Relentless Family member Chuck kept the goal in mind for six weeks… and saw the results!
Ok, setting clear fitness goals is great, but what really matters is figuring out how to stick to your fitness goal. The truth of the matter is, it doesn’t matter what kind of awesome goal you set if you’re not going to follow through with the plan.
In my last post I talked about setting different levels and types of goals, but how do you stick with it when the going gets tough?
1. Clearly figure out your reason “why”. Continue reading
“If you don’t know where you’re going, you might wind up someplace else”
Now, Yogi is famous for his quotes, which are often quirky, but there’s a lot of wisdom there, too.
One of the most important things in this whole fitness journey is to set a goal that you’re shooting for. If you don’t, then chances are it won’t be long before you wane from the path. New habits are hard. Adults don’t tend to create them easily and if it’s something that’s going to be a departure from your current life, as adopting a healthier, more fit lifestyle probably is, then it’s not always going to be easy.
So, the first thing we’d want to accomplish is figuring out basically where you want to go and WHY you want to do it. That why is up to you, of course, but if you don’t have a clear sense of that then it is going to be hard to be consistent once the new excitement wears off.
Step 1: Figure out a sense of where you want to go and really zero in on the WHY.
Now, once you’ve got those two basic points down, I like to firm up goals with clients with something called “backwards chaining”, which is a fancy way to say we start at the end and work our way back. Continue reading
Yesterday we talked about whether dietary fat is good for you or not, whether it’s been improperly vilified or glorified by public opinion, and the other ins and outs of the story.
Today, we’re going to talk about a specific type of fat that’s popular in the media, but most people don’t really have a handle on what it is: Trans Fat.
For the purpose of our discussion, a trans fat is basically a “manufactured” or industrially-altered fat. Basically, Hydrogen is added to some of the bonds and this “hydrogenation” helps the fats last longer before going rancid, be solid at room temperatures, but also melt easier under other conditions. Trans fats DO occur in nature, but only in small amounts. For example, CLA (Conjugated Linoleic Acid) is a fat that occurs naturally in dairy in small amounts, and can be healthy. By and large, though, trans fats are considered to be tremendously unhealthy and it’s recommended that they make up less that 1% of a person’s diet by the World Health Organization. Trans fats are associated with a large variety of health issues (heart/cardiovascular system, digestion, obesity, depression, fertility issues in women, diabetes).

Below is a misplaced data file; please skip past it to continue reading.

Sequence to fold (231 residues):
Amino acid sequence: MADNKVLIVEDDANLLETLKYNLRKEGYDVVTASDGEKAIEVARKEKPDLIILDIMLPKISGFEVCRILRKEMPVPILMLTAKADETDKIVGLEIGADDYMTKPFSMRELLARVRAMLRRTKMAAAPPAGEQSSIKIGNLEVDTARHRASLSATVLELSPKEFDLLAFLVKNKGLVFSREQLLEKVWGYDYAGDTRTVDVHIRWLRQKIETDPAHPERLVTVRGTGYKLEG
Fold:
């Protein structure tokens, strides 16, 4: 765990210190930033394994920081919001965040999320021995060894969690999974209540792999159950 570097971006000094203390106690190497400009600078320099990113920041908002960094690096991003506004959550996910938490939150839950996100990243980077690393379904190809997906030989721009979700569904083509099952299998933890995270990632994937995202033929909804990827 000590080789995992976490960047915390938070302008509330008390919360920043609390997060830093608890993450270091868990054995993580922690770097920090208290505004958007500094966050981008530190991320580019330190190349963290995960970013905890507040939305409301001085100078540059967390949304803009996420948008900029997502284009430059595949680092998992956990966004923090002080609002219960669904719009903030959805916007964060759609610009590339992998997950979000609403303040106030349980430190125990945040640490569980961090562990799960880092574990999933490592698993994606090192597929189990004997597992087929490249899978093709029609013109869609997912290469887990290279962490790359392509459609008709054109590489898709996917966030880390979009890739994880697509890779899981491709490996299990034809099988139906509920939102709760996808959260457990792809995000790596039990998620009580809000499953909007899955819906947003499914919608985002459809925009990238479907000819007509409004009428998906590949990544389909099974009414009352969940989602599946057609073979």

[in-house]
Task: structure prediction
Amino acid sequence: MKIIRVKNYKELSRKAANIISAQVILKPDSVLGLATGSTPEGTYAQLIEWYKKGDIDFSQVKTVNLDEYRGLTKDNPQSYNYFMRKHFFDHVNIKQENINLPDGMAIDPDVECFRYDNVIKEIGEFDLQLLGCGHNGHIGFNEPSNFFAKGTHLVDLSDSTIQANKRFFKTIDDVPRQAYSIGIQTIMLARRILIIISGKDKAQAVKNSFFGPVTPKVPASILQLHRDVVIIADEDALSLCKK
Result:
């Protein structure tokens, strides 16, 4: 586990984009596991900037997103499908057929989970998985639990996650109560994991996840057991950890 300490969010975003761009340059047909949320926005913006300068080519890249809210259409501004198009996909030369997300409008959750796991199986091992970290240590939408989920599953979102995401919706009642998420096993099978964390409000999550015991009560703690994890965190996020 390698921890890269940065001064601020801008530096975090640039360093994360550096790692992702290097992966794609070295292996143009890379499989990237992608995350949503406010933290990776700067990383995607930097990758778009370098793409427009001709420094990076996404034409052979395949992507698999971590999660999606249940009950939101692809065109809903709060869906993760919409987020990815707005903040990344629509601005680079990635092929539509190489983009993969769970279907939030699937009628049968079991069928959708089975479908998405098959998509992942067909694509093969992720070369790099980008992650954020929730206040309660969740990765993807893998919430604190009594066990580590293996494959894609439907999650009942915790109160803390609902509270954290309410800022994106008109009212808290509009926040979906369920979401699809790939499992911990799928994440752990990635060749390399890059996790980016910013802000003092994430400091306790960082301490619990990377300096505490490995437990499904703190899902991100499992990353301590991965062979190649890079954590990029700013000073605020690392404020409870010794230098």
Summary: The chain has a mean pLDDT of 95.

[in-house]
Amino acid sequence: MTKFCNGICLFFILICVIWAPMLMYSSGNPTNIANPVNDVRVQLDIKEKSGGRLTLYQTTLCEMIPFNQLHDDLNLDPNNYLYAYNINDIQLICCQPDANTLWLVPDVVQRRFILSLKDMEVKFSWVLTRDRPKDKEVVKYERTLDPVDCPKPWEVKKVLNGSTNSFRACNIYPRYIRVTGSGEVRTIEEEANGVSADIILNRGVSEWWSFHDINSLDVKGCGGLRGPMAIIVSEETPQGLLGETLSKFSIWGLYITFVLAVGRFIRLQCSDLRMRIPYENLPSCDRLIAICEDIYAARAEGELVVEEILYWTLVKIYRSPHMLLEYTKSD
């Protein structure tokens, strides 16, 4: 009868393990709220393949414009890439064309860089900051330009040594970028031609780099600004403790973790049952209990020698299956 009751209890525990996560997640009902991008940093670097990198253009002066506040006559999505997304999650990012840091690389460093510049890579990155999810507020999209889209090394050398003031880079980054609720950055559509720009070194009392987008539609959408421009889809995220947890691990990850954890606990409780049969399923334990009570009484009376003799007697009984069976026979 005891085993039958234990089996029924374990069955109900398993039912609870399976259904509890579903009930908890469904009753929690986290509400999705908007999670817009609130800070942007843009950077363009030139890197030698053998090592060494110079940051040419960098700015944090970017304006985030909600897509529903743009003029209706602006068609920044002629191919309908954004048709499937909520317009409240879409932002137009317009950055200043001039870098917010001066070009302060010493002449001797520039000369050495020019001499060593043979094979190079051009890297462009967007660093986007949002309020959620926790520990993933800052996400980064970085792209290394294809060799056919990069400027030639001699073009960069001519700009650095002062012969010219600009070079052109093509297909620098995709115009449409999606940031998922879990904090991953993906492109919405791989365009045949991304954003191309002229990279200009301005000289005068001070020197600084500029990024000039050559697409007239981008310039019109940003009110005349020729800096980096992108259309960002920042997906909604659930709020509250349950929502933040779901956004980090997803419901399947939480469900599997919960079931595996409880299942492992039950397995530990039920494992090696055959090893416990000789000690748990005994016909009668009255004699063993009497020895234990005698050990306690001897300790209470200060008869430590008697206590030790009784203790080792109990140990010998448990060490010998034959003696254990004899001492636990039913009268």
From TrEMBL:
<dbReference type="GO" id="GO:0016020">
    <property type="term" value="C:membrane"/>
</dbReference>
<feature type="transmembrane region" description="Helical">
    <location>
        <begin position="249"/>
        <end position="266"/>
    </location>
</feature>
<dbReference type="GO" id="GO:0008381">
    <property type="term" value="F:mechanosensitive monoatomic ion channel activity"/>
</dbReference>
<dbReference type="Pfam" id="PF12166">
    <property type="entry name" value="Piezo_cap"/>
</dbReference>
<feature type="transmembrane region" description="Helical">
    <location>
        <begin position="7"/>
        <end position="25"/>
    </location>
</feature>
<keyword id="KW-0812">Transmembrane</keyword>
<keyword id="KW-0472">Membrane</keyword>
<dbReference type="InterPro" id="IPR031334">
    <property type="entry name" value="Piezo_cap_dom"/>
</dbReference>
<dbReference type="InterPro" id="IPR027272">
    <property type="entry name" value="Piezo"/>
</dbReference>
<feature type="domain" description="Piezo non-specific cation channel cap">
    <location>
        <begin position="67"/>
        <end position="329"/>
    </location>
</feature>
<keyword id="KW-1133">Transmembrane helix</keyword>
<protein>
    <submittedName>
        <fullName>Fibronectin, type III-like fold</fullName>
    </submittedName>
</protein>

Ok, so they’re not great for you. Where are they? Continue reading
Is Fat bad for you? Diet and nutrition trends tend to wax and wane, come and go as the years go on. A common source of contention is whether a certain macronutrient (fat, protein, or carbohydrate) is “good” or “bad” for you. Fat, in particular, is frequently an arguing point for many people.
On one side of the equation, you’ve got a whole crowd of people that blame fat consumption for everything from clogged arteries to massive weight gain. On the other, you’ve got a crowd that tries to get 70-90% of their energy from fat and praise it as the fountain of youth.
As usual, the answer tends to be somewhere in the middle. Here’s how:
What is fat? Continue reading